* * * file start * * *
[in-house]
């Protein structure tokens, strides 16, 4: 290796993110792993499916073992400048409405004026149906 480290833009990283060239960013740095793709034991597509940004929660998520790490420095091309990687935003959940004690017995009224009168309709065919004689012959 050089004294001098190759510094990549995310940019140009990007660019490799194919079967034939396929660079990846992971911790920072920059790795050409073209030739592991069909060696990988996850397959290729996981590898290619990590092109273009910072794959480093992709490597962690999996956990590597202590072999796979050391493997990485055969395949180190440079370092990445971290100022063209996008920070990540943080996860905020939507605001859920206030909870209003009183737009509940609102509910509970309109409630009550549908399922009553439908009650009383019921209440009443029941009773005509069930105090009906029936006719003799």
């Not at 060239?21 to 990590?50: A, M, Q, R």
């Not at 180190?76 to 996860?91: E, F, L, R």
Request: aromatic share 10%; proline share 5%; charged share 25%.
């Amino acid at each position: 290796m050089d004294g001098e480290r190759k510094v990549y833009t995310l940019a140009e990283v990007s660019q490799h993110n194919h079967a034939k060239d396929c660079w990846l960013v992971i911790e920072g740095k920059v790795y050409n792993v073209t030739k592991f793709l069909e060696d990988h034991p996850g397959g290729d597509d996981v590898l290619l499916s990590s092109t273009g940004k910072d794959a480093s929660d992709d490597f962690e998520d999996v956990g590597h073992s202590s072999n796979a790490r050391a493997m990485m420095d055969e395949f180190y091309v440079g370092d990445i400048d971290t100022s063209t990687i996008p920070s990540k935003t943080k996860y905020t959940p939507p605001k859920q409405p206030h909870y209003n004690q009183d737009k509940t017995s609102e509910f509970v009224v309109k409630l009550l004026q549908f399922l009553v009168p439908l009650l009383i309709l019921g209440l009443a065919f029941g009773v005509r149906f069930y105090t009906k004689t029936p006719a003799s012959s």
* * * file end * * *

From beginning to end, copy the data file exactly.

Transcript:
[in-house]
């Protein structure tokens, strides 16, 4: 290796993110792993499916073992400048409405004026149906 480290833009990283060239960013740095793709034991597509940004929660998520790490420095091309990687935003959940004690017995009224009168309709065919004689012959 050089004294001098190759510094990549995310940019140009990007660019490799194919079967034939396929660079990846992971911790920072920059790795050409073209030739592991069909060696990988996850397959290729996981590898290619990590092109273009910072794959480093992709490597962690999996956990590597202590072999796979050391493997990485055969395949180190440079370092990445971290100022063209996008920070990540943080996860905020939507605001859920206030909870209003009183737009509940609102509910509970309109409630009550549908399922009553439908009650009383019921209440009443029941009773005509069930105090009906029936006719003799």
């Not at 060239?21 to 990590?50: A, M, Q, R």
């Not at 180190?76 to 996860?91: E, F, L, R």
Request: aromatic share 10%; proline share 5%; charged share 25%.
């Amino acid at each position: 290796m050089d004294g001098e480290r190759k510094v990549y833009t995310l940019a140009e990283v990007s660019q490799h993110n194919h079967a034939k060239d396929c660079w990846l960013v992971i911790e920072g740095k920059v790795y050409n792993v073209t030739k592991f793709l069909e060696d990988h034991p996850g397959g290729d597509d996981v590898l290619l499916s990590s092109t273009g940004k910072d794959a480093s929660d992709d490597f962690e998520d999996v956990g590597h073992s202590s072999n796979a790490r050391a493997m990485m420095d055969e395949f180190y091309v440079g370092d990445i400048d971290t100022s063209t990687i996008p920070s990540k935003t943080k996860y905020t959940p939507p605001k859920q409405p206030h909870y209003n004690q009183d737009k509940t017995s609102e509910f509970v009224v309109k409630l009550l004026q549908f399922l009553v009168p439908l009650l009383i309709l019921g209440l009443a065919f029941g009773v005509r149906f069930y105090t009906k004689t029936p006719a003799s012959s």